A CHARITY worker who was awarded £75,000 by an employment tribunal but never received a penny has launched a landmark legal challenge at the UK’s highest court calling for better enforcement of payouts.

Anela Anwar, who won the substantial sum after suffering sexual and religious harassment at Glasgow-based charity, claims her former employer moved money from its bank account to avoid paying out.

She is now arguing that employment tribunals should have the power to arrest funds to ensure that claimants receive the money owed to them if they win their case.

Non-payment of tribunal awards is a widespread problem, particularly in Scotland – where half of all successful claimants never receive any of the money awarded to them.

It is understood that, if successful, the case could potentially pave the way for other claimants to raise similar actions against the UK Government.

The UK Government, which is defending the Supreme Court action, claims there are provisions in place at the sheriff court which would allow for funds to be arrested pending the outcome of a tribunal.

However, Aidan O’Neill QC, representing Ms Anwar, claims the process is ineffective and the “astonishing remedy gap” is in breach of EU law.

The Equality and Human Right Commission (EHRC) Scotland has also intervened in the case and claims the cost of sheriff court action – estimated at £1,500 – as well as a number of other factors deter workers from pursuing action there. The commission said it was not aware of anyone having taken such action at the time of Ms Anwar’s tribunal.

An EHRC Scotland spokesman said: “We believe Ms Anwar’s case is an example of a much wider problem faced by people trying to enforce their employment tribunal awards.

“Ms Anwar was awarded around £75,000 by an employment tribunal which made 29 findings in her favour, of discrimination, harassment and victimisation on the grounds of sex and religion. However, her employer removed money from its bank account and Ms Anwar’s lawyer was not able to attain the funds and the award was never paid.”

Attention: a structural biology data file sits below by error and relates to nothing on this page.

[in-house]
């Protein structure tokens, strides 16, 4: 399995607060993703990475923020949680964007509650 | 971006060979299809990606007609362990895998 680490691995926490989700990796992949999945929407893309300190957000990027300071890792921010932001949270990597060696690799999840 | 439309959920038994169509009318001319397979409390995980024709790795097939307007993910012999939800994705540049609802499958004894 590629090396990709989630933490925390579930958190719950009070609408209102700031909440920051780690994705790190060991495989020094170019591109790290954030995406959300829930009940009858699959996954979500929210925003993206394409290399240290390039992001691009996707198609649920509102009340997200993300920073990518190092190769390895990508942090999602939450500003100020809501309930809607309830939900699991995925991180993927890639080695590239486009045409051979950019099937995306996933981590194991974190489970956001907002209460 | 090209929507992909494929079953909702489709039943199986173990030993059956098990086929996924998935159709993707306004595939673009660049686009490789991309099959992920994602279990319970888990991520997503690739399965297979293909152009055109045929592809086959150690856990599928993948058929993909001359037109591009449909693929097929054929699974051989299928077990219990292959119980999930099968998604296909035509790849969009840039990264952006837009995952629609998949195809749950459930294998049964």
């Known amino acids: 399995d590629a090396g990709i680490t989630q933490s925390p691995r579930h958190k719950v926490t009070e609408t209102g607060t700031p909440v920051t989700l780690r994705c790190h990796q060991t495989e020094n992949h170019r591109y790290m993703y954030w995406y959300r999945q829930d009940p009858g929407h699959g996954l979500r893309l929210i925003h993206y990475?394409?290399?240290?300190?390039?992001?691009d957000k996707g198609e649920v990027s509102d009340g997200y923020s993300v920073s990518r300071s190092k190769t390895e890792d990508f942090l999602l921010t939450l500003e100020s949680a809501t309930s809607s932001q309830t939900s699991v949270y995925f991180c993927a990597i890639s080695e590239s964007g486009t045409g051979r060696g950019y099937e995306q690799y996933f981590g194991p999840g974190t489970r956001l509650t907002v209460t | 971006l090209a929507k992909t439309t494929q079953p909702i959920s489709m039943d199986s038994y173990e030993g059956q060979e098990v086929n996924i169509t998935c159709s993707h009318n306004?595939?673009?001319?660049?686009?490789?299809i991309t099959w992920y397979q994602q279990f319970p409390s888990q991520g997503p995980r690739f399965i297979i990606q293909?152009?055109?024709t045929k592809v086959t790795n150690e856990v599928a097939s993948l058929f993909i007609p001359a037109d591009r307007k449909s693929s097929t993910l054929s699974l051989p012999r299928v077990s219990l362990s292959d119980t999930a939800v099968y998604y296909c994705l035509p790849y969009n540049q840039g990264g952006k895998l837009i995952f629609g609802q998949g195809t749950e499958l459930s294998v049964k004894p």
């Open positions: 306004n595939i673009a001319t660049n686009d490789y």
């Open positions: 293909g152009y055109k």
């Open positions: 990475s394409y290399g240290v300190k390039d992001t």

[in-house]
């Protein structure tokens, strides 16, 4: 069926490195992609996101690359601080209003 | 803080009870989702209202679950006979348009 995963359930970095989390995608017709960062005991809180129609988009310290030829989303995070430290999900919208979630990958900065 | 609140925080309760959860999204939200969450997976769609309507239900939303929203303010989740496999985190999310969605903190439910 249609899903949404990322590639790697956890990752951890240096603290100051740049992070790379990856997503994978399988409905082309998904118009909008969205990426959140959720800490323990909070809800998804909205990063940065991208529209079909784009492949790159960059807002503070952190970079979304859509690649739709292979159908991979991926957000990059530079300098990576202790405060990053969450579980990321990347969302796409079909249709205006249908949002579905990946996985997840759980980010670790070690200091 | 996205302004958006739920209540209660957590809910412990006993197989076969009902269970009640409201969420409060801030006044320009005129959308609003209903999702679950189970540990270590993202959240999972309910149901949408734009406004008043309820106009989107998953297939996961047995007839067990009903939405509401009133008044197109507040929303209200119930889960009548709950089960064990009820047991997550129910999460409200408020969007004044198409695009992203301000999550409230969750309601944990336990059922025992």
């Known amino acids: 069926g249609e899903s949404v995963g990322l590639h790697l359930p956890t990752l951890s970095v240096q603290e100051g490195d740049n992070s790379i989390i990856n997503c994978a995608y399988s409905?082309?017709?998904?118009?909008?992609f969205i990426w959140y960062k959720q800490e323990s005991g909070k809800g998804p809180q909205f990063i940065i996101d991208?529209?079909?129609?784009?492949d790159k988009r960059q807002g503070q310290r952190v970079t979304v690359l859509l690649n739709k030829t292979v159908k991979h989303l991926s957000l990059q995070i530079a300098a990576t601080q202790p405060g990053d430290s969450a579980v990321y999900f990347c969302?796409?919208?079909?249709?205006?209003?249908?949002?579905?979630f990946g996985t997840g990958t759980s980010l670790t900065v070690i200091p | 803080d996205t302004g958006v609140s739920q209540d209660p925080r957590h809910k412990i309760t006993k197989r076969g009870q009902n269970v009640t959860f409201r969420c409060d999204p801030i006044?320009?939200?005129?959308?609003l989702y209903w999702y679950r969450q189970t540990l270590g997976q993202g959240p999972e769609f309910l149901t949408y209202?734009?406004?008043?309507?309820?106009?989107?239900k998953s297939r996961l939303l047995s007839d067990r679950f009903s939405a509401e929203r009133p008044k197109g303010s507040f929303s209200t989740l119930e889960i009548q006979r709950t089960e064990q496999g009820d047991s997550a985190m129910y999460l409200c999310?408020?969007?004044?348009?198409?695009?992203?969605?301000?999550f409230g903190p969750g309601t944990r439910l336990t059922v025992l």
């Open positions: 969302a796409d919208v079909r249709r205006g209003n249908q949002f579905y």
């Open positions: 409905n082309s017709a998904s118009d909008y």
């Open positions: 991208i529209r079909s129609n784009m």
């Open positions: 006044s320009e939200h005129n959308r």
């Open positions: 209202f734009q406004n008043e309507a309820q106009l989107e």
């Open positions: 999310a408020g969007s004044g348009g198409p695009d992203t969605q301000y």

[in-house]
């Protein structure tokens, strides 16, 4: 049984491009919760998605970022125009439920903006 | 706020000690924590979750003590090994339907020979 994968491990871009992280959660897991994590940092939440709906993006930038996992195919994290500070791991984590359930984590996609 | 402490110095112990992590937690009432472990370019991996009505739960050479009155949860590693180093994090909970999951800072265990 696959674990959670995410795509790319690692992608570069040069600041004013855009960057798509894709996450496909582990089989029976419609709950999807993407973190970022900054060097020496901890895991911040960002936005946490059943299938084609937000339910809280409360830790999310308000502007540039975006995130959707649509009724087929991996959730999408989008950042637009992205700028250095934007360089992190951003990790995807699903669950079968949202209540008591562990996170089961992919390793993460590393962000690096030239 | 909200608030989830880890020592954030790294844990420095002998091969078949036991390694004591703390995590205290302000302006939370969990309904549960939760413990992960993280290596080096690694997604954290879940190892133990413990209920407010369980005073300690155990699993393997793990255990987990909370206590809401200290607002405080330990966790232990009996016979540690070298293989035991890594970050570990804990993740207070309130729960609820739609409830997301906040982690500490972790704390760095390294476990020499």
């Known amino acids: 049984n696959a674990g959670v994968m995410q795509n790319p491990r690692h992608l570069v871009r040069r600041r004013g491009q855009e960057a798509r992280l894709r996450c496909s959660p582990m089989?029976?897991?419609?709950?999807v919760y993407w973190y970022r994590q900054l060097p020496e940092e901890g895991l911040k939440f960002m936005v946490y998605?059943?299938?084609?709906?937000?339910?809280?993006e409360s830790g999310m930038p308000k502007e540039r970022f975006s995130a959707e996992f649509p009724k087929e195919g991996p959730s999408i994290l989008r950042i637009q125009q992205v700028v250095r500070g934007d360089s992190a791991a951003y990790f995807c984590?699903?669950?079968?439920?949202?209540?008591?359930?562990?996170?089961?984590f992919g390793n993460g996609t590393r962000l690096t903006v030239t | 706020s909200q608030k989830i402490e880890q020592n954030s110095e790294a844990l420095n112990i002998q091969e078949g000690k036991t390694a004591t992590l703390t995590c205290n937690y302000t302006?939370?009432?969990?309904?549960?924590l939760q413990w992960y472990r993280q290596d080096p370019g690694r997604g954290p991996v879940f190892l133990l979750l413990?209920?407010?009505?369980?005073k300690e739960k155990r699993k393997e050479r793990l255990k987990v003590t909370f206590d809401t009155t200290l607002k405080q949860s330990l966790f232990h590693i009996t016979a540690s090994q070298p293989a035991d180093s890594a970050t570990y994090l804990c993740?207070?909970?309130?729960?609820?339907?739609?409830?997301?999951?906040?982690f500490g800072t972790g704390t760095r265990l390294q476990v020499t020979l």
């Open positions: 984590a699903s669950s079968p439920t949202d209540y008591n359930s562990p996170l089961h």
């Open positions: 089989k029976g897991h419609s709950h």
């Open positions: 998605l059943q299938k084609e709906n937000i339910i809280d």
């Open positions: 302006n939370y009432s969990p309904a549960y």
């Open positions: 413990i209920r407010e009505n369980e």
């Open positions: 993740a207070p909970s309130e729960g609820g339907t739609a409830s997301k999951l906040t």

Under EU law, individuals have a right to “effective remedy and dissuasive sanction” if their equality rights are breached. While the UK has left the EU, the Trade Agreement contains provisions that neither party will reduce employment rights.

Ms Anwar, who is appealing to the Supreme Court after losing her initial cases at the Court of Session, is seeking damages for the Government’s alleged failure to meet her rights under the EU legislation.

Mr O’Neill told the court: “One cannot dismiss the evidence which is to the effect that employment tribunal orders are not being able to be enforced, and one of the reasons has to be that the employment tribunals don’t have the power to order the protective remedies necessary.”

Christine O’Neill QC, representing EHRC Scotland, told the court it was clear that parallel proceedings – i.e. a case at the employment tribunal and the sheriff court – “do not provide effective remedy”.

She said a UK Government report showed that claimants in Scotland “were significantly more likely to say they could not afford further action to try to recover their award”.

This was linked to the greater costs of action at the sheriff court, compared to county courts in England and Wales.

Mr O’Neill has said the case, if successful, should be remitted to the Court of Session for an award of damages.

A decision in the case will be issued later this year.